• 10.6.2     LLO…………………………………………………………………………………………………………………………. 421
    • 10.6.3     TFE and Barrier Films…………………………………………………………………………………………………. 422
  • 10.7        Flexible AMOLED…………………………………………………………………………………………………………… 423
  • 10.8        Flexible electrophoretic displays………………………………………………………………………………………… 425
  • 10.9        Transparent conductive films…………………………………………………………………………………………….. 425
    • 10.9.1     Carbon nanotubes (SWNT)…………………………………………………………………………………………… 429
    • 10.9.2     Double-walled carbon nanotubes…………………………………………………………………………………… 429
    • 10.9.3     Graphene…………………………………………………………………………………………………………………. 429
    • 10.9.4     Nanocellulose……………………………………………………………………………………………………………. 431
      • 10.9.4.1       Flexible energy storage……………………………………………………………………………………….. 433
    • 10.9.5     Nanowires………………………………………………………………………………………………………. 433
    • 10.9.6     Nanofibers………………………………………………………………………………………………………………… 434
  • 10.10      Automotive displays………………………………………………………………………………………………………… 434
    • 10.10.1        Large-area automotive displays…………………………………………………………………………………. 434
      • 10.10.1.1     Organic TFT (OTFT) backplane with flexible LCD frontplane……………………………………….. 435
  • 10.11      Electro Wetting Display technology…………………………………………………………………………………….. 436
  • 10.12      Smart windows………………………………………………………………………………………………………………. 437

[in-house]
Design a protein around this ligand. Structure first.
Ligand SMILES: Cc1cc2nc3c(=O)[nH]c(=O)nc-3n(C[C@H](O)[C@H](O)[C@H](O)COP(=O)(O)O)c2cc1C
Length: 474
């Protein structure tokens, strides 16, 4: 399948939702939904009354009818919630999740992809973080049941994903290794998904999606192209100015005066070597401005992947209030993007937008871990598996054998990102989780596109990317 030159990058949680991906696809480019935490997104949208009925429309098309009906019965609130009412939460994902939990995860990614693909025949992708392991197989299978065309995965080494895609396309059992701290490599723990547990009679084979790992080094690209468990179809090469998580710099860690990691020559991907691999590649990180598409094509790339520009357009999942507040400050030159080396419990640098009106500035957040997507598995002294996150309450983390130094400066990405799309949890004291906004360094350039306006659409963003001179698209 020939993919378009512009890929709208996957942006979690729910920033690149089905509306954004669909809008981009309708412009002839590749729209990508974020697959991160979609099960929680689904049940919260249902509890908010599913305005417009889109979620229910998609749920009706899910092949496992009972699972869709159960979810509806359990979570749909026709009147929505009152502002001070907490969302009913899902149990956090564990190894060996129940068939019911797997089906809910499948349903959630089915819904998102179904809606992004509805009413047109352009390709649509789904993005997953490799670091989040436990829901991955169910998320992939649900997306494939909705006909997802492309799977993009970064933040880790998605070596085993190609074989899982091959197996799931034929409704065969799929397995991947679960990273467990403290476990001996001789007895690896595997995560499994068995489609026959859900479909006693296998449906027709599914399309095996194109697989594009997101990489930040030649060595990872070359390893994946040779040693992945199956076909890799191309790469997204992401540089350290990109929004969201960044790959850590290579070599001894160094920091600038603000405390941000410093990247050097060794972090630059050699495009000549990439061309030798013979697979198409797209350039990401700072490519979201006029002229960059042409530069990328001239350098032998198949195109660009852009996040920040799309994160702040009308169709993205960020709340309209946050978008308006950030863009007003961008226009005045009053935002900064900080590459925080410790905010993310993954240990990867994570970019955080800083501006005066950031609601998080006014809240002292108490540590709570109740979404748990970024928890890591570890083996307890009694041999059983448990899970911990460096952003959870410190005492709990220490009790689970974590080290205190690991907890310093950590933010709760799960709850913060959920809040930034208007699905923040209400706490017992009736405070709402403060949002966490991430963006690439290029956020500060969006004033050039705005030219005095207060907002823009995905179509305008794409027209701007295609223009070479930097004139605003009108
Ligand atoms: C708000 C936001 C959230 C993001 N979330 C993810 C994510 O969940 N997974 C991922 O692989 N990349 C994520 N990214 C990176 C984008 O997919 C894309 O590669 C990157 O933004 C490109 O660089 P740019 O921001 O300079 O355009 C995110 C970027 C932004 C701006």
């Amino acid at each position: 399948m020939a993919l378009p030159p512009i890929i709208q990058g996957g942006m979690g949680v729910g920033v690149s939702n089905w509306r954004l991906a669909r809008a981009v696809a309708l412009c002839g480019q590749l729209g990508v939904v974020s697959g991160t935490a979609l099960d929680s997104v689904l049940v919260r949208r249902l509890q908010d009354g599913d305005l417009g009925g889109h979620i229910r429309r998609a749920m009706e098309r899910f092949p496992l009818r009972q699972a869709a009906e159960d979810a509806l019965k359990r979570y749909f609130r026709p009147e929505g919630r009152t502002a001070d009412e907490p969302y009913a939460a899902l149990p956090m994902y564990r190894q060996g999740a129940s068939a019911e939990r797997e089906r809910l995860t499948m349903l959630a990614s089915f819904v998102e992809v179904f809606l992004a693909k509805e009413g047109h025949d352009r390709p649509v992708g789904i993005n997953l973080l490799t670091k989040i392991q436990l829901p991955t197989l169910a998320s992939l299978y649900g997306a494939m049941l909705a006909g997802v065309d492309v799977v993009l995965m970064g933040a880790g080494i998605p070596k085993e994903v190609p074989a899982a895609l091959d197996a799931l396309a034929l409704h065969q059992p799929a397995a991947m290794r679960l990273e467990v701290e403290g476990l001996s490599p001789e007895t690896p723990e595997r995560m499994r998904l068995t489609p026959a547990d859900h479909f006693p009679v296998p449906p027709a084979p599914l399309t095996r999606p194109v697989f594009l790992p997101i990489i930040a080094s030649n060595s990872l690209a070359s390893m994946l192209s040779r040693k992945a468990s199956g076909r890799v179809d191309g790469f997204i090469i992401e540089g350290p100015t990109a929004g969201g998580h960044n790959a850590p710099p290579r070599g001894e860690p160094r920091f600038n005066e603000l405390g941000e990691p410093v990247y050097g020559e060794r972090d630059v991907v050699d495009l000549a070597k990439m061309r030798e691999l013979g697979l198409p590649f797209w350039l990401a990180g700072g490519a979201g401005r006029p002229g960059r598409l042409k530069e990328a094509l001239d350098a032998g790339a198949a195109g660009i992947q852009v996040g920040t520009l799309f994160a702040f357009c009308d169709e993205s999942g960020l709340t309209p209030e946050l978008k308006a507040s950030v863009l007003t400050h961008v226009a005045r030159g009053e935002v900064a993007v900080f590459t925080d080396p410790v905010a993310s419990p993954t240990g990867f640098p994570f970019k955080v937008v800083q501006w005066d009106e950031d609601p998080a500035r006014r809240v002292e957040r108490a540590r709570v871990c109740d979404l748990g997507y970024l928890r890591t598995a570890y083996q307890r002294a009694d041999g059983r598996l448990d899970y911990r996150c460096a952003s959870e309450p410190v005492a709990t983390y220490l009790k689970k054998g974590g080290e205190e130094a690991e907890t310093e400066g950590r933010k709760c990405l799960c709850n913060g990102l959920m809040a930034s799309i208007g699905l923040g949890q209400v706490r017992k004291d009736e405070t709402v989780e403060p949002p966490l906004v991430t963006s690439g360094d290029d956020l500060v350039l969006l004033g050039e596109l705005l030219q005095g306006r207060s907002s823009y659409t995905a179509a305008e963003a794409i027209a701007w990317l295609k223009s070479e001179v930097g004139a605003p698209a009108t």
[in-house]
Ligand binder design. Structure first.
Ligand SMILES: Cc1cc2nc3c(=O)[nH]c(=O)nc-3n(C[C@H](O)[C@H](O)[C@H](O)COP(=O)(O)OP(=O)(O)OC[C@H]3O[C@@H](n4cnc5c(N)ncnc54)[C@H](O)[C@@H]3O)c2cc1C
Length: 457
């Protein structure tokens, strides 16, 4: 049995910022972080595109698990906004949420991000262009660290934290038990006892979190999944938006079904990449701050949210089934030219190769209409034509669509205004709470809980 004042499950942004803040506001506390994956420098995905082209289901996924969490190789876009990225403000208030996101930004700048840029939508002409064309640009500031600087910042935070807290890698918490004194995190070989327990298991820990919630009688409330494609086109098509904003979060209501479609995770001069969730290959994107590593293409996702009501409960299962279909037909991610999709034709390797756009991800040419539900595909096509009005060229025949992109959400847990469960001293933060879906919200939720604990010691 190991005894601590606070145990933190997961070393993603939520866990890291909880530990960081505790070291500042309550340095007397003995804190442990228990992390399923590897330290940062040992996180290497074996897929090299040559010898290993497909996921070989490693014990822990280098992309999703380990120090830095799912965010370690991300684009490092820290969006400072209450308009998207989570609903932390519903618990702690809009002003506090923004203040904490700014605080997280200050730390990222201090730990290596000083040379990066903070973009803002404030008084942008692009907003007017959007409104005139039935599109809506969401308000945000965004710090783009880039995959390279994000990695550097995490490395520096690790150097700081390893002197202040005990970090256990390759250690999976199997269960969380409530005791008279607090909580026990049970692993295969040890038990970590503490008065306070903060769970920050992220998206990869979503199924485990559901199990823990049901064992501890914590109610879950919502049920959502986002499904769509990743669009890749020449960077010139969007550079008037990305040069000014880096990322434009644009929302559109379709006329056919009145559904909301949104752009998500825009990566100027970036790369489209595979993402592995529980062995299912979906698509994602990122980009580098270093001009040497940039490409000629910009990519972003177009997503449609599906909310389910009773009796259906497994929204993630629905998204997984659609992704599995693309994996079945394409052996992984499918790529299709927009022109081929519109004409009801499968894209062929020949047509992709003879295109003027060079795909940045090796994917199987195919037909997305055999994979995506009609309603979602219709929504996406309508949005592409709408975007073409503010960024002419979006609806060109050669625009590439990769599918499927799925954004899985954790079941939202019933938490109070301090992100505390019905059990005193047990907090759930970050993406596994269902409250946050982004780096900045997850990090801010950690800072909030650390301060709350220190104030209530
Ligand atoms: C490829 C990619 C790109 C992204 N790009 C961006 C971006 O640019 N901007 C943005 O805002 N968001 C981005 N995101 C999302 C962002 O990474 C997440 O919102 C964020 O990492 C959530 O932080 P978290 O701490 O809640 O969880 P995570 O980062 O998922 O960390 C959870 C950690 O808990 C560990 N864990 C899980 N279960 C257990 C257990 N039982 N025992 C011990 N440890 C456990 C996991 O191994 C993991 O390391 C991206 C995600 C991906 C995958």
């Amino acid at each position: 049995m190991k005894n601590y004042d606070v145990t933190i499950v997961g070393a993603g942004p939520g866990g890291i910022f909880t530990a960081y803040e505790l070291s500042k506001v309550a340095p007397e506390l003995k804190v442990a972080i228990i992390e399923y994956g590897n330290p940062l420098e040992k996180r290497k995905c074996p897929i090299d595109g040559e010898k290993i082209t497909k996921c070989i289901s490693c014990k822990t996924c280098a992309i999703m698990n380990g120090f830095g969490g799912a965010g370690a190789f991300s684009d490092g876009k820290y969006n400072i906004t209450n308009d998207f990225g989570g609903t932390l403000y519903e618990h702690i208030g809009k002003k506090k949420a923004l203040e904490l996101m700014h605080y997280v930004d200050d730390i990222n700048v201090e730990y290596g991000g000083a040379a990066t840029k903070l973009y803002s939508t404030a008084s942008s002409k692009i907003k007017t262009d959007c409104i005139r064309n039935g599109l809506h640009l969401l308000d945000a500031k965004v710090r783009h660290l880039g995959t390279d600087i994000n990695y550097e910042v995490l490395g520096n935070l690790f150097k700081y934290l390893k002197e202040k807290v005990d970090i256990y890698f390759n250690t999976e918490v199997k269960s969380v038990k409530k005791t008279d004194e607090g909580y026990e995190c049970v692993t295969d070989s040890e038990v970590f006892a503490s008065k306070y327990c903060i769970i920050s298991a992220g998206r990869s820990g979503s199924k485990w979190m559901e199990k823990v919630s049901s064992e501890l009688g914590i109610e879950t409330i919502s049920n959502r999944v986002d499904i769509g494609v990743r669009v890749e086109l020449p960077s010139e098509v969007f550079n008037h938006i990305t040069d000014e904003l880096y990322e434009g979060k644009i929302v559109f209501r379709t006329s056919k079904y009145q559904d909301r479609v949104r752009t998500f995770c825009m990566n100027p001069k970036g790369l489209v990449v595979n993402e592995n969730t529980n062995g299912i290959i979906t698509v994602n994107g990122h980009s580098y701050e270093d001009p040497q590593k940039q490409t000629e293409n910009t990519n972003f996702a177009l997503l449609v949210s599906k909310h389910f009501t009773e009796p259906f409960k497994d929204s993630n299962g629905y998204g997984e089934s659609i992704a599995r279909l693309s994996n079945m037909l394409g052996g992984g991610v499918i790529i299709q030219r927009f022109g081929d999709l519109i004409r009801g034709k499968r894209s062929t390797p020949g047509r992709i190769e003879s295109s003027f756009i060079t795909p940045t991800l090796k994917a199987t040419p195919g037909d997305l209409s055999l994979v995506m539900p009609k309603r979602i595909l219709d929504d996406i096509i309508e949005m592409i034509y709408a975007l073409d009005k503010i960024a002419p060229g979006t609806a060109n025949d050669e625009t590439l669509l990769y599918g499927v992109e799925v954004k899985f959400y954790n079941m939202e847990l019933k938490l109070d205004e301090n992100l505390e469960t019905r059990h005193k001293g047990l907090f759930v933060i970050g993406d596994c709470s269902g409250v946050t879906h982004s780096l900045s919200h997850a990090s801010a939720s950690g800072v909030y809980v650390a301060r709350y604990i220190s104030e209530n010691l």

• 10.13      Global market size………………………………………………………………………………………………………….. 440
    • 10.13.1        Current market status……………………………………………………………………………………………… 441
    • 10.13.2        Market outlook………………………………………………………………………………………………………. 442
    • 10.13.3        Market revenues, current and projected to 2030……………………………………………………………. 442
  • 10.14      Company profiles…………………………………………………………………………………………………………… 444-467 (60 company profiles)

11 MEMORY, LOGIC AND COMPONENTS…………………………………. 471

  • 11.1        Market drivers……………………………………………………………………………………………………………….. 471
  • 11.2        Applications………………………………………………………………………………………………………………….. 472
  • 11.3        Circuit boards and interconnects………………………………………………………………………………………… 472
  • 11.4        Printable, flexible, stretchable and organic transistors…………………………………………………………….. 473